How to Win at Negotiating Your Event Budget

How to Win at Negotiating Your Event Budget

There are two types of people: Those who love to negotiate and those who hate it. Some may love it because it provides the opportunity to agree upon a more satisfactory exchange for both parties.

 

Others may hate it because they see negotiation as conflict, so they try to avoid it, and end up closing deals that weren’t exactly in their best interest. No matter which category you fall into, this article is for you.

 

If you love negotiating, this article will arm you with more tools and strategies you can use to win. If you hate it, this article will help you realize that negotiating doesn’t have to mean conflict—everything revolves around how you position your value or argument.

 

In either case, the following tips will help you achieve your results when negotiating with different event clients and set the fees or prices you see appropriate.

 

Considering the amount of details an event involves, this can be a challenge. So whether you’re trying to negotiate your fees or the event’s overall budget, these tips can help guarantee a positive outcome:

 

 

Tip 1. Get your client to express her desired future results

Everything starts the minute your client says, "I want to run an event". Usually, this statement turns into a conversation about the type of the event the client wants, the attendees, logistic needs, etc. However, this is not the start you should aim for if you want to make your client understand the true value of your work.

 

So instead of jumping into logistics and details, ask your client her reason behind planning an event. What is the desired future result? To increase the number of company leads? Raise brand awareness? What indicators (KPIs) does she want to monitor for the event?

 

The answers to these questions will help you understand the goals your client wants to reach through the event, which will help you present your services and the event budget as the medium through which she can reach her main objective. This strategy will give you the necessary margin to negotiate the budget by focusing on the real goals and value you can provide.

 

 

Tip 2. Conduct a prioritization exercise

Your client might not realize what’s important when planning the event, and her budget might reflect that. Knowing her desired future results, you can actually provide a better event strategy and new action lines that will ensure her event reaches its goals.

 

Prioritizing the new actions shows your client why she might want to dedicate a bigger part of the budget to, for example, promoting and marketing the event. To negotiate the event budget successfully, you need an event strategy first that will help you prioritize different concepts and explain to your client what needs to be take care of first.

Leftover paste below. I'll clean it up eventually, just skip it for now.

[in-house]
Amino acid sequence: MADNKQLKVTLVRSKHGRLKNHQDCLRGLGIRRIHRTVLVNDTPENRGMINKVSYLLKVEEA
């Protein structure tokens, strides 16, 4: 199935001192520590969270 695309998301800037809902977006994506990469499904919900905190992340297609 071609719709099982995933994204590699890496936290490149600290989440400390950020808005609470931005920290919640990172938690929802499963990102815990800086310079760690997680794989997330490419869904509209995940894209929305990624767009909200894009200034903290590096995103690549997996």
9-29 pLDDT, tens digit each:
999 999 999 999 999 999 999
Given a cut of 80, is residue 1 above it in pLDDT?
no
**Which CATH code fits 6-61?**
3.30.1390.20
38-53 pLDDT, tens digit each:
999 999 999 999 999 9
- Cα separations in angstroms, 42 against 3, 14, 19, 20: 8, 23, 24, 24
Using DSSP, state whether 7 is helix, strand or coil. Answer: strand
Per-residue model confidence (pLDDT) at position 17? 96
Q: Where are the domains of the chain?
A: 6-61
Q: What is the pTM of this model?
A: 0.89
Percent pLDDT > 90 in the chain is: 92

Tip 3. Say the price before showing it

When talking with your client for the first time, say the prices out loud before sending over the event budget. Your client might not start negotiating the fees right away; however, she won’t be unpleasantly surprised when she receives the event proposal, and she won’t discard it or become defensive. Letting your client know prices and fees up front will prepare her for what’s coming, which will make it easier for you to negotiate different budget fees.

 

 

Tip 4. Drop the big numbers first

When you’re talking numbers, it’s important to mention the big ones first. This is called price anchoring. According to this Help Scout article, price anchoring “refers to the tendency to heavily rely on the first piece of information offered when making decisions.”

People will remember that big number not just because you said it first, but because it’ll likely be higher than they expected. Once you tell the client the smaller number, she will feel less panic and, in most cases, will find the range between the big and the small number acceptable.

 

 

Tip 5. Use the price bracketing strategy

Always present a range of prices related to your event budget concepts. For example, the catering for 20 people can vary from $10 to $100 per person, with the possibility to find something favorable in between. Whenever you use price bracketing, you’re giving your clients different options to choose from and transforming the budget negotiation process into a win-win situation for everyone.

 

 

Final thoughts

Negotiating your event budget doesn’t have to be a scary concept. It’s all about disseminating, explaining, and prioritizing each step related to the strategy and planning logistics. It also refers to preparing your client regarding the fees and prices per concept before presenting the proposal draft. Being transparent about costs, no matter how big or small, gives you a greater scope to negotiate everything, from your fees to the planning concept, at the same time making sure you’ll be providing the best services your client can hope for.

EVENTS - Kevin Van der Straeten

More about this topic and lots of other tips about organizing events can be fount in the book EVENTS.

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